Tuesday, July 27, 2010
The Bucs need Barry Bonds
It’s time, for the good of the game, to bring baseball’s most disgraced player back to baseball’s most disgraced franchise.
Yes, it’s time to bring Barry Bonds back to the Pittsburgh Pirates.
Bonds, who turned 46 on July 24, is under federal indictment for charges stemming from his enthusiastic embrace of performance enhancing drugs. He without fanfare retired after the 2007 season just 65 hits shy of one of baseball’s most hallowed landmarks, the 3,000 hit club. Only 27 men in history have achieved the milestone.
The Pirates, his old team from 1986-92, should offer him a one-year contract with the goal of him becoming the third Pirate to get 3,000 hits. The pursuit would be one of the most comical and compelling spectacles sport has ever witnessed.
The often vacant stands at Pittsburgh’s PNC Park would overflow with fans eager to alternately cheer and heckle the surly, tired old slugger. Pirate fans, me included, still haven’t forgiven him for his many villainies.
He was a joyless mope, he couldn’t hit in the clutch and -- worst of all -- he failed to throw out a gimpy legged Sid Bream in the most heartbreaking playoff loss in Pittsburgh history.
A golden era of baseball was passing, a grim new one dawning. Rampant greed and performance enhancing drugs were about to ravage the game as never before.
For the Pirates, the long, steep decline started with the departure of Bonds’s buddy, Bobby Bonilla. The erratic right fielder left Pittsburgh for the hated New York Mets. The Pirates had offered him $25 million for five years (today four players make in excess of that per year).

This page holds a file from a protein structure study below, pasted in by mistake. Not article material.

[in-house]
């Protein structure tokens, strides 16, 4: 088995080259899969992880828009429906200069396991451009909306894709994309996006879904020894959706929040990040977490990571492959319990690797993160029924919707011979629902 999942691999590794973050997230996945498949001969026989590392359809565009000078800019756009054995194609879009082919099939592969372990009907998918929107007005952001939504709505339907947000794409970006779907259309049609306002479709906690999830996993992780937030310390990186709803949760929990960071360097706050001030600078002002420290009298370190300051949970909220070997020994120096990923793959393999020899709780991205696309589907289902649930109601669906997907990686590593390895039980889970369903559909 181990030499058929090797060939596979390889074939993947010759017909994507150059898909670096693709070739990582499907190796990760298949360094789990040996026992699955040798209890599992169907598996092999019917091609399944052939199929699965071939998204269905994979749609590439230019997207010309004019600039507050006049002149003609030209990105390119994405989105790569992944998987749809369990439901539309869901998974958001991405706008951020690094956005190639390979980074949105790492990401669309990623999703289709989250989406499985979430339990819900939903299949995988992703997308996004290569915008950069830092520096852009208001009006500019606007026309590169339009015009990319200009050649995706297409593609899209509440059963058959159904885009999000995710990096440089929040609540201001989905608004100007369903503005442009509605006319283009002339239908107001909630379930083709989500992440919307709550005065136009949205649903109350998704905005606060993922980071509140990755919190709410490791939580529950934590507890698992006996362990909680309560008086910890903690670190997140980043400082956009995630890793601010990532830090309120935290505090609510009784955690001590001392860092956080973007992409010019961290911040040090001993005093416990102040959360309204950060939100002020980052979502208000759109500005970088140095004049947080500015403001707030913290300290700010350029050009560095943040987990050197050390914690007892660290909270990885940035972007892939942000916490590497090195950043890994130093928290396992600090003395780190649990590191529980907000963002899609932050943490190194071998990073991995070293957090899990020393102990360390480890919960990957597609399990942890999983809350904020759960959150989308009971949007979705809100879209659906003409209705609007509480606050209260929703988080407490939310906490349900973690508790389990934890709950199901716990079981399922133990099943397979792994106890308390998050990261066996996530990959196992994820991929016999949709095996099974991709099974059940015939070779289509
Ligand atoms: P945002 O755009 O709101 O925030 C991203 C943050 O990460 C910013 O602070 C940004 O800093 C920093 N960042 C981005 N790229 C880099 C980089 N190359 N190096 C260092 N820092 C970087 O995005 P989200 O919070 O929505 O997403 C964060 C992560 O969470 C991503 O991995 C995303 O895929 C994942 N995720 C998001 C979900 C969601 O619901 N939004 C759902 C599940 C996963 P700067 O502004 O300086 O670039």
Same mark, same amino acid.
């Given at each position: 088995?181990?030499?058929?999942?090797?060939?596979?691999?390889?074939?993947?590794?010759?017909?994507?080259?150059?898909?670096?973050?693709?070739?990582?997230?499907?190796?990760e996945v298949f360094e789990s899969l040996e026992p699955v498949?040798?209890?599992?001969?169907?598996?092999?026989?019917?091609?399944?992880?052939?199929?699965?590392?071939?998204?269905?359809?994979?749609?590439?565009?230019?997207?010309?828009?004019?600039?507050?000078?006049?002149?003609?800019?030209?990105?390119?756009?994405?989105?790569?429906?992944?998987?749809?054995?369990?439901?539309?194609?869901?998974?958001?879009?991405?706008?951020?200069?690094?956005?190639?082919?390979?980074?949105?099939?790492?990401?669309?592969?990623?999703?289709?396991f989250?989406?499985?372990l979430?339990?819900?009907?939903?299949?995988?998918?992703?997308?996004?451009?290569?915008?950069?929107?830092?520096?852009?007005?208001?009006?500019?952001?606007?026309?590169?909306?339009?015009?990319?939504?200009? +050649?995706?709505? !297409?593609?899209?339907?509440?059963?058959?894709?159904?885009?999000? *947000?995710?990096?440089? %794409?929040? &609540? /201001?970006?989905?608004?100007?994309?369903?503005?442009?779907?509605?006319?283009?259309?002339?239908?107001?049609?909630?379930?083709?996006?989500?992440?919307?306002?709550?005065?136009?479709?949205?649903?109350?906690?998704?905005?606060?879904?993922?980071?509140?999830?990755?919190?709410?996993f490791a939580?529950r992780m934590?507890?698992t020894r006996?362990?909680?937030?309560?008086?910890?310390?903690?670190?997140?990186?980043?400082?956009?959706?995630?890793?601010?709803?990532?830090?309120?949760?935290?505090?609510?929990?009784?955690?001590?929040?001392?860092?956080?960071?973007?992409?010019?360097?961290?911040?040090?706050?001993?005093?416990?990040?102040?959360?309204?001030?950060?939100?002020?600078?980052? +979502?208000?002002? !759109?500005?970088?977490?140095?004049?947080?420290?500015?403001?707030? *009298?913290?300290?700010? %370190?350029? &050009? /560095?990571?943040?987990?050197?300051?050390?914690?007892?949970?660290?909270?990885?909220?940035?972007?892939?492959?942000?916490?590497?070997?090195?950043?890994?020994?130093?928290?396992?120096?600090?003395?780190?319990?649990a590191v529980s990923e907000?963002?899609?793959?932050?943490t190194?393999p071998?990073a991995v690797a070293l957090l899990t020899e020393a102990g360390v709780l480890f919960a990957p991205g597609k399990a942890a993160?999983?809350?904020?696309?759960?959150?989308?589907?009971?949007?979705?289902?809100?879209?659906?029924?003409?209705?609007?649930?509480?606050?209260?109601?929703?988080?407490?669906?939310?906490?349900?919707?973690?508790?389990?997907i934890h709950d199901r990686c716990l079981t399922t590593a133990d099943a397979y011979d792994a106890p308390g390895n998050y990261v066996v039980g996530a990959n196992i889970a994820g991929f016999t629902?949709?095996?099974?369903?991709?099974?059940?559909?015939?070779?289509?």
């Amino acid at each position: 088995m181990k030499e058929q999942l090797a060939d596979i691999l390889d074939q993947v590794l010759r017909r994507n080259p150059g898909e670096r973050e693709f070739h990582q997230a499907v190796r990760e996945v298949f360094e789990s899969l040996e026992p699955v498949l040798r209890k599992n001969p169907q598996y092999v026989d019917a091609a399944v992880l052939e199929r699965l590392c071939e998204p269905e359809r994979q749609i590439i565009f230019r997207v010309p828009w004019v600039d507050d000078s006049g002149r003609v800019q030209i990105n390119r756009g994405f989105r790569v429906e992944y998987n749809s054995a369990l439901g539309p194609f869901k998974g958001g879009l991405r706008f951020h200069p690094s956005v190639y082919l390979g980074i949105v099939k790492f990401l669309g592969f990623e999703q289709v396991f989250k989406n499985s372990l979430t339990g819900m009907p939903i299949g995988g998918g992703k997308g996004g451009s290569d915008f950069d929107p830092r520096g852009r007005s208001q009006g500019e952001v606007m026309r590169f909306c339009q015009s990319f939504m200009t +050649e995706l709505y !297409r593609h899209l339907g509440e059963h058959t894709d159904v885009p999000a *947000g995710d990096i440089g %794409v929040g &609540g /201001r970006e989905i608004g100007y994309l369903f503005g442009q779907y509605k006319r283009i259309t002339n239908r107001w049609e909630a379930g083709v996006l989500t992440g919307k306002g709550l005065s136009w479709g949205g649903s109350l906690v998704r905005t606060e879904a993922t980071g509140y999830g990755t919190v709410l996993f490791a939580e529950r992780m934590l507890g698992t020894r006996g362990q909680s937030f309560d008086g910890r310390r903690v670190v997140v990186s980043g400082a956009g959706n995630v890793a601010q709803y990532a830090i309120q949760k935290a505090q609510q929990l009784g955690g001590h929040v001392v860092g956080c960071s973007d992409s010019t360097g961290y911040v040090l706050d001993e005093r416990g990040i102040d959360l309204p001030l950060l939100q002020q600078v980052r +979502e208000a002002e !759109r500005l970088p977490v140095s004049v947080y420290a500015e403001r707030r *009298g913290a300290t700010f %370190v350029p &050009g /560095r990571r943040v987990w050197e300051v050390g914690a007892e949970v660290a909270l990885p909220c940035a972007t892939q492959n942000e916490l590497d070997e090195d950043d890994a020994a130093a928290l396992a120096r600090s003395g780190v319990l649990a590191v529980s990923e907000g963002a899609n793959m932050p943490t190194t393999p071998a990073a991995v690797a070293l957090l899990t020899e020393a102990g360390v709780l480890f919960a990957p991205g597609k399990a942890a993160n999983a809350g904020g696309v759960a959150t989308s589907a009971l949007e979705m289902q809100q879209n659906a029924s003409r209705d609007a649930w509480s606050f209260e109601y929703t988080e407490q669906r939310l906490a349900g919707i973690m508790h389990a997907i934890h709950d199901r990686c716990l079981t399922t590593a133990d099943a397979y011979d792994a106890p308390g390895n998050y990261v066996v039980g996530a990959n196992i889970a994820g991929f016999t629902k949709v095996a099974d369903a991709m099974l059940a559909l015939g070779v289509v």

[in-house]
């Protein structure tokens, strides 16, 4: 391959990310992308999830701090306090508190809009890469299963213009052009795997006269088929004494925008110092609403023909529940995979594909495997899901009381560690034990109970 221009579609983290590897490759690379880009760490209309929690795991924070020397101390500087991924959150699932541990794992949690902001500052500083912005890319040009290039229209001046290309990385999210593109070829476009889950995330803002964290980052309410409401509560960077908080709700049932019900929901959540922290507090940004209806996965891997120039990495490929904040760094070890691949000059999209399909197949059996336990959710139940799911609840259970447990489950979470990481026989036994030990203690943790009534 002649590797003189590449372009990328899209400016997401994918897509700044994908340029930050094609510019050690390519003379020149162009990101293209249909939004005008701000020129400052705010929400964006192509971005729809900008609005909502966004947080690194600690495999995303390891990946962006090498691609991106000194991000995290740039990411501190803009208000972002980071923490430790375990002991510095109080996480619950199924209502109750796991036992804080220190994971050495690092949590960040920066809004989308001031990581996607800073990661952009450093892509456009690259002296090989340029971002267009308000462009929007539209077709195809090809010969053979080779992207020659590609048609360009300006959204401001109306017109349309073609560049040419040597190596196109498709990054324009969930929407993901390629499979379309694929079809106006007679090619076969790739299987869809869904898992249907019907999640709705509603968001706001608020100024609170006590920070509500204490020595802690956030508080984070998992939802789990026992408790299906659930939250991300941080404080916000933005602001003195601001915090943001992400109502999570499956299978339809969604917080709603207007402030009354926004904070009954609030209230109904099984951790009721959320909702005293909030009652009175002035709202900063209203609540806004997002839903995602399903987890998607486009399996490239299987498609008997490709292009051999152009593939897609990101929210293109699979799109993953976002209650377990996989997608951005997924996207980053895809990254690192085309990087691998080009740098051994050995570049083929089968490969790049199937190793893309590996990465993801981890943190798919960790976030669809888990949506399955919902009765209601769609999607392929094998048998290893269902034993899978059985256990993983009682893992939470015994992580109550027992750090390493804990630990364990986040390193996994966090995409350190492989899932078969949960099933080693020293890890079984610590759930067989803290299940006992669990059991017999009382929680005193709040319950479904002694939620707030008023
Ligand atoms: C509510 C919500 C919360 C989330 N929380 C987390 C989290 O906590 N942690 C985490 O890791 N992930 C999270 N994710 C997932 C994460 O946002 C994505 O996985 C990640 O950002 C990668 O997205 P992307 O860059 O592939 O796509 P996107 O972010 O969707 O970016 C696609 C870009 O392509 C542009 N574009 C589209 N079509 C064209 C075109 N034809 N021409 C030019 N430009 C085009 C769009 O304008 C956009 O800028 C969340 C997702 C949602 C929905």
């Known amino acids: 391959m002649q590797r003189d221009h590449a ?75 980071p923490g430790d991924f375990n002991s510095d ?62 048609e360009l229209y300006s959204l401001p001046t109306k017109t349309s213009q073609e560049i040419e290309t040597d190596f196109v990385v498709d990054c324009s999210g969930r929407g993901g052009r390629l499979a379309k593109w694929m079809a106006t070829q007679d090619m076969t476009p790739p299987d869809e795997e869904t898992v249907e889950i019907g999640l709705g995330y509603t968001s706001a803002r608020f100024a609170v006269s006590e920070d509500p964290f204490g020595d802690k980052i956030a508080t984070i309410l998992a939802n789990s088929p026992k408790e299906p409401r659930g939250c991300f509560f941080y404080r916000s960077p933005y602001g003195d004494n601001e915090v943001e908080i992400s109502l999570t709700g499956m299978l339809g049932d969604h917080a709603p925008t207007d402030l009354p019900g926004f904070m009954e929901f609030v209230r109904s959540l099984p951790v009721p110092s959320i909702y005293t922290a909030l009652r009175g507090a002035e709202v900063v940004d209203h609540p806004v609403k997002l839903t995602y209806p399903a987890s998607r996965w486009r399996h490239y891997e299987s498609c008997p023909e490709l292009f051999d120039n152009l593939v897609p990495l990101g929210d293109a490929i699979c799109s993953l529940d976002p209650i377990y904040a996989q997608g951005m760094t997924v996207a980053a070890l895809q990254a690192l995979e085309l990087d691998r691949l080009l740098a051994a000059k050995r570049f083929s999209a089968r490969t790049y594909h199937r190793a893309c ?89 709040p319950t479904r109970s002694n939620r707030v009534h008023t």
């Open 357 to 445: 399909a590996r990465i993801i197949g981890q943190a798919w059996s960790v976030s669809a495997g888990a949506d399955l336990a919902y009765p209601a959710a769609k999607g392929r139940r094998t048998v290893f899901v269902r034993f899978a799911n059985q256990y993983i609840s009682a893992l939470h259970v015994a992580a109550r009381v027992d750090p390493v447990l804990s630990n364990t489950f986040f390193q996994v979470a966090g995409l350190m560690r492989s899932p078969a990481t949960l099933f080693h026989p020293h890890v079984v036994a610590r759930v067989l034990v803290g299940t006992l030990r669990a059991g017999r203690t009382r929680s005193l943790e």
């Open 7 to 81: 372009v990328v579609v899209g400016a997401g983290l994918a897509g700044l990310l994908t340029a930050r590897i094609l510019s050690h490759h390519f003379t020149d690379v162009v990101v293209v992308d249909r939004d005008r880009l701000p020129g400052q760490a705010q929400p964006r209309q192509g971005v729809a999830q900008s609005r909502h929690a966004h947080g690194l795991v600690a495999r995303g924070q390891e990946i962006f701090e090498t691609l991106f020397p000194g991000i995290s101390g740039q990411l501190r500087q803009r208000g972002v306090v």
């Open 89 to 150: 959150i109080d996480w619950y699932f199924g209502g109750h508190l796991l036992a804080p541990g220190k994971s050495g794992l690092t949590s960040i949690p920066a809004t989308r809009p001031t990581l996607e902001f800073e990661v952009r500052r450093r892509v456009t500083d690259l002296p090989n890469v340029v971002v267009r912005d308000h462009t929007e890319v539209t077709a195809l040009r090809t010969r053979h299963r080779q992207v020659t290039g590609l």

Bonilla demurred saying he “needed to take care of his family,” a contention that led flabbergasted Bucco manager Jim Leyland to blurt out, “His family? For $25 million, he could take care of Guam!”
It was the early 1990s. Gasoline was $1.09 per gallon, phones were still tethered to walls and the only Cyrus tormenting American pop culture was Billy Ray and his Achy Breaky Heart.
In fact, Mylie Cyrus, born November 23, 1992, has never drawn breath while the once venerable Pirates, winners of five World Championships, were winners. No team in professional sports has ever gone as long without a winning season.
The news probably wouldn’t trouble the singer whose song, “Party in the USA” brought my daughter, 9, to her feet yesterday as we watched the feckless home team lose to the San Diego Padres 6-3.
Tell folks you’re taking a 9-year-old girl to watch the Pirates and many, my wife and mother included, will look at you like you like you left a dainty poodle in the car at noon with the windows rolled up.
They think it’s inhumane.
Nonsense. I adore baseball. I knew, win or lose, my daughter would enjoy the festivities -- and that’s without even getting her drunk on $7.25 warm Bud Lights.
Skeptics say baseball’s boring. I believe the world could do with a little more mandatory boredom.
Baseball invites fans to be as focused or as distracted as they like. I’ve been to games where I was so focused I actually kept a score sheet detailing the result of every pitch. And I’ve been to games where I was so distracted by related activities that I’ve dozed through the final innings, the long ride home and didn’t learn the outcome until past noon the next day.
Of course, there’s nothing like being in a city when the baseball team’s compelling. Every pitch counts. It unites even the most beleaguered of cities.
That’s what would happen overnight in Pittsburgh if the Pirates signed Bonds, even if it was to pinch hit his way to 3,000.
It would be the talk of the sporting world. And it would be mutually beneficial to both Bonds and the Pirates.
Bonds, as the most hated man in baseball, would have a chance to redeem his dismal reputation. Perhaps he’s eager for another shot at those 65 tantalizing hits to 3,000.
The Pirate would sell tens of thousands of tickets, and I’m sure Bonds would agree to play for the league minimum.
It’s not like he has to take care of Guam or something.